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Optimal Health and Environmental Policies in a Pollution-Growth Nexus

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  • Wang, Min
  • Zhao, Jinhua
  • Bhattacharya, Joydeep

Abstract

This paper shows how policies aimed at insuring health risks and those intended to improve the environment are (and should be) deeply intertwined. In the model economy, inspired by recent Chinese experience, pollution raises the likelihood of poor health in the future prompting agents to self insure against anticipated, rising medical expenses. The increased saving generates more capital while capital use by firms generates more pollution. Along the transition, sucha pollution-growth nexus may be attractive from a capital-accumulation perspective; however, rising pollution, via the health channel, definitely hurts welfare. Availability of private health insurance to top up pay-as-you-go coverage of medical bills together with a Pigouvian tax on emissions can replicate the first best.

Suggested Citation

  • Wang, Min & Zhao, Jinhua & Bhattacharya, Joydeep, 2013. "Optimal Health and Environmental Policies in a Pollution-Growth Nexus," Staff General Research Papers Archive 35994, Iowa State University, Department of Economics.
  • Handle: RePEc:isu:genres:35994
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    Cited by:

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    2. Xavier Pautrel, 2018. "Environmental Policy and Health in the Presence of Labor Market Imperfections," TEPP Working Paper 2018-09, TEPP.
    3. Dong, Qichen & Chen, Fanglin & Chen, Zhongfei, 2020. "Airports and air pollutions: Empirical evidence from China," Transport Policy, Elsevier, vol. 99(C), pages 385-395.
    4. Lucas Bretschger & Alexandra Vinogradova, 2017. "Human Development at Risk: Economic Growth with Pollution-Induced Health Shocks," Environmental & Resource Economics, Springer;European Association of Environmental and Resource Economists, vol. 66(3), pages 481-495, March.
    5. Hassan, Mahmoud & Oueslati, Walid & Rousselière, Damien, 2020. "Environmental taxes, reforms and economic growth: an empirical analysis of panel data," Economic Systems, Elsevier, vol. 44(3).
    6. Dao, Nguyen Thang & Edenhofer, Ottmar, 2018. "On the fiscal strategies of escaping poverty-environment traps towards sustainable growth," Journal of Macroeconomics, Elsevier, vol. 55(C), pages 253-273.
    7. Goenka, Aditya & Jafarey, Saqib & Pouliot, William, 2020. "Pollution, mortality and time consistent abatement taxes," Journal of Mathematical Economics, Elsevier, vol. 88(C), pages 1-15.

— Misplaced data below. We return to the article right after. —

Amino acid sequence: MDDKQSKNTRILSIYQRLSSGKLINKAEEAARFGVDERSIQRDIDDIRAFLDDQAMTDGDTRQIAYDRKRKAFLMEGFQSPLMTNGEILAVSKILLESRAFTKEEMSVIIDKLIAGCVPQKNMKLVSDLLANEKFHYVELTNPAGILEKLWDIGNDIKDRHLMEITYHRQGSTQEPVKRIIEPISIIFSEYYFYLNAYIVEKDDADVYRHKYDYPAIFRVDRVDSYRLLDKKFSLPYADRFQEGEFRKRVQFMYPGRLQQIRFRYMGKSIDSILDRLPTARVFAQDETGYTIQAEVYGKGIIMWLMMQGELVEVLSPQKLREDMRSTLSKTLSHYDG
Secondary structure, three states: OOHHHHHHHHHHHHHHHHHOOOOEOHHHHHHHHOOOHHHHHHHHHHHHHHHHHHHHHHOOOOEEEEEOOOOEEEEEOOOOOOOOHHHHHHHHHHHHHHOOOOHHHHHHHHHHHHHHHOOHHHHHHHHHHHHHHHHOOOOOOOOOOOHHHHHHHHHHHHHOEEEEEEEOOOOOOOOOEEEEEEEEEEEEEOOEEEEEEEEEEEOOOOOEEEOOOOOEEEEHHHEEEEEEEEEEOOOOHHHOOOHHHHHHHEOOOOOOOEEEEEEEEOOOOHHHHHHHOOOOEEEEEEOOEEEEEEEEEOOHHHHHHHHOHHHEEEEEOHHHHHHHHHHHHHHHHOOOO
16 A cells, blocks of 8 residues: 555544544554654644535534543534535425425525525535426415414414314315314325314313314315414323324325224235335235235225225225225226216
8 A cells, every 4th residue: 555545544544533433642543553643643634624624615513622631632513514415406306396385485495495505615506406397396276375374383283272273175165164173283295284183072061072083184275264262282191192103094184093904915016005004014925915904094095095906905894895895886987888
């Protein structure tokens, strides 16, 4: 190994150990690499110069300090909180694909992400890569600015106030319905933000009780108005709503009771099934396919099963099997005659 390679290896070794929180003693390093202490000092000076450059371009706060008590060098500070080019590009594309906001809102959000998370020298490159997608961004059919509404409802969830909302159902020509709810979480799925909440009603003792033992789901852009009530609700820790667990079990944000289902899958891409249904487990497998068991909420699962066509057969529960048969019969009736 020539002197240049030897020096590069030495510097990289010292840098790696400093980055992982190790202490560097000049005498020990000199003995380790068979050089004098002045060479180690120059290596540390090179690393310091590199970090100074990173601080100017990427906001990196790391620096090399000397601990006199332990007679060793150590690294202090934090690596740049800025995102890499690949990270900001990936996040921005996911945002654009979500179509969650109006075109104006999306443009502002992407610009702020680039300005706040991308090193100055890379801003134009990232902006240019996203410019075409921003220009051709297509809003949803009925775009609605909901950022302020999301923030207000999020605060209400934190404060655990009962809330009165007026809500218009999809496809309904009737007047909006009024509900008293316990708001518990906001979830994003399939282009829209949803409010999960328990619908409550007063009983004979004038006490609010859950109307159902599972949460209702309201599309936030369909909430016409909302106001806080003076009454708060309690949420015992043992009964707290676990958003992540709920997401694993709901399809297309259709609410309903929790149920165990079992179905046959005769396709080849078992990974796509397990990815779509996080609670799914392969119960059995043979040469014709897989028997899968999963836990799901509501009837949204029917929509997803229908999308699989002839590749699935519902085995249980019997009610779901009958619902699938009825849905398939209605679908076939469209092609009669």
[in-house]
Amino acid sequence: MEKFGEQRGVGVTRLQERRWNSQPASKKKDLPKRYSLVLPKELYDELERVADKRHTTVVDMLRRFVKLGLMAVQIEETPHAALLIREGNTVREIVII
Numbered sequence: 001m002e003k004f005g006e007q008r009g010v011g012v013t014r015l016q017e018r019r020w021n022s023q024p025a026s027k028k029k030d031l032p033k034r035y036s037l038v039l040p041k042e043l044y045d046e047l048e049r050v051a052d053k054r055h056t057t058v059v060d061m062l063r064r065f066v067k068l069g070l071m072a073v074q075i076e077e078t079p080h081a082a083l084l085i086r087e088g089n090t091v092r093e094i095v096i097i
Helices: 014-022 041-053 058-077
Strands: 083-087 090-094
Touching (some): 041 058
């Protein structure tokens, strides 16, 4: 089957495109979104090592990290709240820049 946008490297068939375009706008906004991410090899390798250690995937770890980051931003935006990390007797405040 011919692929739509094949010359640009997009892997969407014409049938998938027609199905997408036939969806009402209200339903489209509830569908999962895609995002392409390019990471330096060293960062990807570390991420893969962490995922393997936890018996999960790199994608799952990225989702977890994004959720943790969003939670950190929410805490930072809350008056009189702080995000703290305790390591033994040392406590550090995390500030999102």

8. Natacha Raffin & Thomas Seegmuller, 2017. "The Cost of Pollution on Longevity, Welfare and Economic Stability," Environmental & Resource Economics, Springer;European Association of Environmental and Resource Economists, vol. 68(3), pages 683-704, November.
    9. Andersen, Torben M. & Bhattacharya, Joydeep & Liu, Pan, 2020. "Resolving intergenerational conflict over the environment under the Pareto criterion," Journal of Environmental Economics and Management, Elsevier, vol. 100(C).
    10. Wei-Bin Zhang, 2015. "Oscillations in a Growth Model with Capital, Technology and Environment with Exogenous Shocks," Academicus International Scientific Journal, Entrepreneurship Training Center Albania, issue 12, pages 73-93, July.
    11. Lucas Bretschger & Elise Grieg & Paul J. J. Welfens & Tian Xiong, 2020. "COVID-19 infections and fatalities developments: empirical evidence for OECD countries and newly industrialized economies," International Economics and Economic Policy, Springer, vol. 17(4), pages 801-847, October.
    12. Lin, Zifei & Xu, Wei & Yue, Xiaole & Han, Qun, 2017. "Study on the effect of environmental pollution based on a fractional derivative resource depletion model," Chaos, Solitons & Fractals, Elsevier, vol. 104(C), pages 705-715.

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    More about this item

    Keywords

    pollution; health; overlapping generations model; saving;
    All these keywords.

    JEL classification:

    • E2 - Macroeconomics and Monetary Economics - - Consumption, Saving, Production, Employment, and Investment
    • O13 - Economic Development, Innovation, Technological Change, and Growth - - Economic Development - - - Agriculture; Natural Resources; Environment; Other Primary Products

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